Sensory rooms should and can be used by all children, and even adults. i think everyone could benefit from ways to either stimulate or calm the senses. Most of us have found ways of doing this which we use every day: listening to loud music, chewing gum, or a big hug all have sensory purposes to help our central nervous system keep us calm.

Below I am going to share some of the images of the sensory space I have created along with the purposes behind each activity and how it can help a child. Click on the individual images for a little more detail.

The above pictures all show a part of the sensory space I have developed. When you click on the image it will give you a little more detail about how the certain activity can help. The overarching idea however is that the play is child led. That means that this might all happen, or it might not. The key to developing your childs emotional wellbeing using sensory play is that they find their own way. They discover that hiding under a blanket makes them feel calm, or that the light box makes them feel happy. We are merely offering the tools in which to help them discover their own way. One day, after all they will be the adults expected to do it all for themselves.

The Emotional Wellbeing Project

Sensory Art - Messy Play

How can Sensory Experiences, Messy Art and Creative Play help to develop your Childs emotional wellbeing?

Many parents, educators and others with a keen interest in child development will tell you how beneficial sensory play is for babies, how it can help your baby to experience the world around them in the only way they know how pre language. The smells, noises and lights help to develop their senses and that by grabbing onto things or putting something into something else they are developing their fine and gross motor skills.

Special needs teachers use a sensory curriculum for children who have difficulties in understanding the world around them, those with communication difficulties as well as sensory processing disorders and other learning difficulties will mostly learn through these types of sensory play. Just in the same way as babies and toddlers can; the smells, noises and lights help to develop their senses and that by grabbing onto things or putting something into something else they are developing their fine and gross motor skills.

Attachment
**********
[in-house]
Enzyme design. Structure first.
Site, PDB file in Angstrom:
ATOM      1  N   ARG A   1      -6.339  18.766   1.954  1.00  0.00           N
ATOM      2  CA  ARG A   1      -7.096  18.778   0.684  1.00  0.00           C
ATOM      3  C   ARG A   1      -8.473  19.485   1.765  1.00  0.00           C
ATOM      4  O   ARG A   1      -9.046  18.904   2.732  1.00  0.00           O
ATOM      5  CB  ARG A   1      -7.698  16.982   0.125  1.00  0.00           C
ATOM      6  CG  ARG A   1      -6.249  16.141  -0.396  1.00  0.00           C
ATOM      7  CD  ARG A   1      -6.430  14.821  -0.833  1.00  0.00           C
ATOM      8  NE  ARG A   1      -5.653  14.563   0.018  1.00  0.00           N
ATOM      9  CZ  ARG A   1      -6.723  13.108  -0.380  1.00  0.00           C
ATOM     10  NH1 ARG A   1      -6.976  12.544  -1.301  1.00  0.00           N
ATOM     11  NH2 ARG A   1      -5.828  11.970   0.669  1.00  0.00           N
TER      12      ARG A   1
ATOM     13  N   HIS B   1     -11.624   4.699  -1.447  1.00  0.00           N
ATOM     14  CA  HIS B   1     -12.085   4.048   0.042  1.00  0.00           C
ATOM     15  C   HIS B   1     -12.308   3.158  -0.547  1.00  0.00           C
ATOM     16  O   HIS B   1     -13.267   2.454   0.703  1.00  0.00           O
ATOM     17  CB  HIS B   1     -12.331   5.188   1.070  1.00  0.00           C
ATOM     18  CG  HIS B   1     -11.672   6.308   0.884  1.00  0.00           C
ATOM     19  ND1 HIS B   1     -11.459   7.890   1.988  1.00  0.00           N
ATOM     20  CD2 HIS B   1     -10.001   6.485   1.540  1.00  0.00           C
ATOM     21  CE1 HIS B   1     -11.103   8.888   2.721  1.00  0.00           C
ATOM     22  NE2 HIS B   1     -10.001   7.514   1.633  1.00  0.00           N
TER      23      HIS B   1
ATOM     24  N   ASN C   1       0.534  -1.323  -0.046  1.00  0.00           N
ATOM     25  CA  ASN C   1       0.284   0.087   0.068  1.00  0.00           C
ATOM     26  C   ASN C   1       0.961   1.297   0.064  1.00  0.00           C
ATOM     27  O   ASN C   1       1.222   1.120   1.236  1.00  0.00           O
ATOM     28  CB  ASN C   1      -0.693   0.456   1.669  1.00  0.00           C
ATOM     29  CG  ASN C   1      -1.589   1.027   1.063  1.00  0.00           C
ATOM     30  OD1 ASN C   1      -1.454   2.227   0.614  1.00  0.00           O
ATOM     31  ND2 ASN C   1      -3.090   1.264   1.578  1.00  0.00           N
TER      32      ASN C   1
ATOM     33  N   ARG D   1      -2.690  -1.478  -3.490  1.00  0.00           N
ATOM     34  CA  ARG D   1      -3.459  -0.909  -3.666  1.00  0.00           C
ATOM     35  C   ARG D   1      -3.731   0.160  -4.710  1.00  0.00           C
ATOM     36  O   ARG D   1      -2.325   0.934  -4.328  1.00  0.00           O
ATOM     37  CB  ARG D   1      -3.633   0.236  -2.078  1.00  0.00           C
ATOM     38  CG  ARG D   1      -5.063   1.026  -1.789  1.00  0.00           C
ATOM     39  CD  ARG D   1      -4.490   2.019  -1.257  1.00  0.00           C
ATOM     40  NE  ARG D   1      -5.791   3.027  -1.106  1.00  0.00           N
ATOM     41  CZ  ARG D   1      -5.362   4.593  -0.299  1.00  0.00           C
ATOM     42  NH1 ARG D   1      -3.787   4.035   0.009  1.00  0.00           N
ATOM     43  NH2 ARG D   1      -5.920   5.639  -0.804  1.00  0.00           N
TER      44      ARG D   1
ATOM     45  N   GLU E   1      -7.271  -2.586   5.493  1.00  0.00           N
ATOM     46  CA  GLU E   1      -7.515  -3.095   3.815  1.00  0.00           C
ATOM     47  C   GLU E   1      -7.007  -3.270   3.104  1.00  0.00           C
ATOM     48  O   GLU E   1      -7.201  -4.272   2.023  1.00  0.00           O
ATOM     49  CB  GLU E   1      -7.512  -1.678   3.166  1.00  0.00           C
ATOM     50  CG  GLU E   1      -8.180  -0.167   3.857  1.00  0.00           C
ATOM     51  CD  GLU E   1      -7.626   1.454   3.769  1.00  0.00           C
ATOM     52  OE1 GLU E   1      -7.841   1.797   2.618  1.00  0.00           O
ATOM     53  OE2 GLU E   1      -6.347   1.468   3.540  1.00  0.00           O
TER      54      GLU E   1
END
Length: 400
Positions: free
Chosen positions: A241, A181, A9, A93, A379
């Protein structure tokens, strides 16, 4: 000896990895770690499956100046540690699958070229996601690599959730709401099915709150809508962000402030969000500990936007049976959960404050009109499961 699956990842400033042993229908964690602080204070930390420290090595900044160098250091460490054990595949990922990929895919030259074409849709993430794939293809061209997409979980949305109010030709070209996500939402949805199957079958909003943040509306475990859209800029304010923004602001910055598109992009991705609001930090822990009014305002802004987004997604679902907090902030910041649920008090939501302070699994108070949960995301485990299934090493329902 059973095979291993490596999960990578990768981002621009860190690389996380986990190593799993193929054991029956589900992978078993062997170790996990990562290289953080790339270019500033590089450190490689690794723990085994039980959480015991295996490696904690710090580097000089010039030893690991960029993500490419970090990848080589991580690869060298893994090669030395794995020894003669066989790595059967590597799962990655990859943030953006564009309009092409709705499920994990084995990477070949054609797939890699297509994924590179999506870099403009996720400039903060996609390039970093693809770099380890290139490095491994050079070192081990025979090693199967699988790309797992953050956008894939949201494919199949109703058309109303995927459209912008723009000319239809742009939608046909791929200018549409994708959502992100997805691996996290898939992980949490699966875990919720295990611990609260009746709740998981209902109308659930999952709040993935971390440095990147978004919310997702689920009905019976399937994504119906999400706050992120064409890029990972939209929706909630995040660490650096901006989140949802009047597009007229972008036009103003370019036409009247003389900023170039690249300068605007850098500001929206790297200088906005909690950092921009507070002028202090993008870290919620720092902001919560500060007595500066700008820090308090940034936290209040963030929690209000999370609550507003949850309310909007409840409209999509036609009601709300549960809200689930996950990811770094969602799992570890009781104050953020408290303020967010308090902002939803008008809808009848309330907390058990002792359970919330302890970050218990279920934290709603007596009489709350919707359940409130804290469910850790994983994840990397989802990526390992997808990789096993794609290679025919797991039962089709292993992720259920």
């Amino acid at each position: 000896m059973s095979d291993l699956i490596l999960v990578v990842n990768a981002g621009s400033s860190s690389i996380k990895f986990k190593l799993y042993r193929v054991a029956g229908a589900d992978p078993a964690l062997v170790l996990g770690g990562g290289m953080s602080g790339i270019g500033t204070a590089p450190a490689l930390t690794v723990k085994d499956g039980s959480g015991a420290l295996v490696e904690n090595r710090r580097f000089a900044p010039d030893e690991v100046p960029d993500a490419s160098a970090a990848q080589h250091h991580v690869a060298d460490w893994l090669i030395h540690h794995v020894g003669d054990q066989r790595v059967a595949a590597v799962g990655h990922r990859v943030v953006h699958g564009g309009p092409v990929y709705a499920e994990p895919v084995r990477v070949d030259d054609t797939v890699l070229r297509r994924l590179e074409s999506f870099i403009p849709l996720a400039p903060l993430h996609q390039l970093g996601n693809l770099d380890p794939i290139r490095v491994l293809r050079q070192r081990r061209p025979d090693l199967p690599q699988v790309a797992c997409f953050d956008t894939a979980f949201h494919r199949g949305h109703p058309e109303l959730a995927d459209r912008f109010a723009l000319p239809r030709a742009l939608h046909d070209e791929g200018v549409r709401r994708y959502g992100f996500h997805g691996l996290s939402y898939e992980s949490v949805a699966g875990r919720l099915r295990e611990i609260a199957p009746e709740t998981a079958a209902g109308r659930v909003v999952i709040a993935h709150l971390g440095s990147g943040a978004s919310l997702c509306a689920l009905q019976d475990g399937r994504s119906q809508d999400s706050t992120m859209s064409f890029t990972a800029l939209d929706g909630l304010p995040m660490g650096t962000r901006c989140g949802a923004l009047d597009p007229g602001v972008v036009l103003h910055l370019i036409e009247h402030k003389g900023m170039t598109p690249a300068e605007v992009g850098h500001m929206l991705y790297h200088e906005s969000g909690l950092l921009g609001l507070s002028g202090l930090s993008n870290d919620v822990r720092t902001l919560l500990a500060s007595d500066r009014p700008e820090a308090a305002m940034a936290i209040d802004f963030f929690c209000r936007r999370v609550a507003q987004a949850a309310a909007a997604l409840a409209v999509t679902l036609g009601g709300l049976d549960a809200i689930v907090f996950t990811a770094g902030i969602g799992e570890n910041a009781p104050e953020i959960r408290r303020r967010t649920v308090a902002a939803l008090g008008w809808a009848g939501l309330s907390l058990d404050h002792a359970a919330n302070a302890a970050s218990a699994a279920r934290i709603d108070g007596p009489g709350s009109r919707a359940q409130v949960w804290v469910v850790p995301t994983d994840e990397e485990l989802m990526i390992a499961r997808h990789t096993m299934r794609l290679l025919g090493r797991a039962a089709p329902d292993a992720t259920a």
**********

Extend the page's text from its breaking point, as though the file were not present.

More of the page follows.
What I want to explore is how this can be taken one step further and help to develop a child’s Emotional Wellbeing. I want to apply this to all children, babies, toddlers, children with special needs and typically developing children into their teens. Sensory play has its place in any home or class room to help your child to develop. It is not something that is ‘done’ once your child hits a certain age, it is something that can continue into adulthood.

What is Emotional Wellbeing?

When we think of our own emotional wellbeing it is often based around a series of events and feelings that have made us into the adults that we are today, some happy and some sad. It is the ability to cope with these events, your resilience and ability to bounce back that makes you into an emotionally healthy adult; for others this isn’t quite as simple.

So what about your child’s emotional wellbeing? How can you develop their resiliency? Their ability to regulate their own emotions and deal with things in an appropriate way? Tantrums at 2 are pretty normal; but how do you cope when they are still happening at 10!?How can you ensure that they will have that ability to cope when life throws the big stuff their way?

Emotional wellbeing is the ability to control their emotions and themselves, to feel in control of what is happening around them and to be able to communicate effectively. It is an ability to understand how others are feeling in order to change their behaviour to make others happier (and hopefully themselves!) and to understand anger, sadness and the many other emotions that they will experience. It is the ability to be able to say ‘I’m feeling angry and I need to do ______ to calm down’ It is being able to understand why they feel the way they do and what they can do to change this. It is the ability to calm themselves down to relieve anxiety, stress and frustrations.

What… so Sensory Experiences, Messy Art & Creative Play can help all of this to happen?

In a nutshell, yes.

Sensory experiences can be used to calm the central nervous system in the same way that some people chew gum or play with our hair when anxious.

Messy art and creative play are great forms of self expression, but can also be used to help to develop control over situations, make choices in a controlled manner, learn to communicate effectively and; in the same way as adult colouring books have become so popular, offer a mindfulness type way of relieving stress, anxiety and frustration.

Over the coming months I am going to be exploring how different sensory play and art activities can help in different situations. Each week I will focus on a different emotion, or activity and discuss in more detail how it can be used to help. I will include plans for use in schools as well as tried and tested approaches and activities from the studios in Manchester.

If you would like more information on The Emotional Wellbeing Project, the work I am doing at the studios or would like to follow this project please click the follow button on the right or get in touch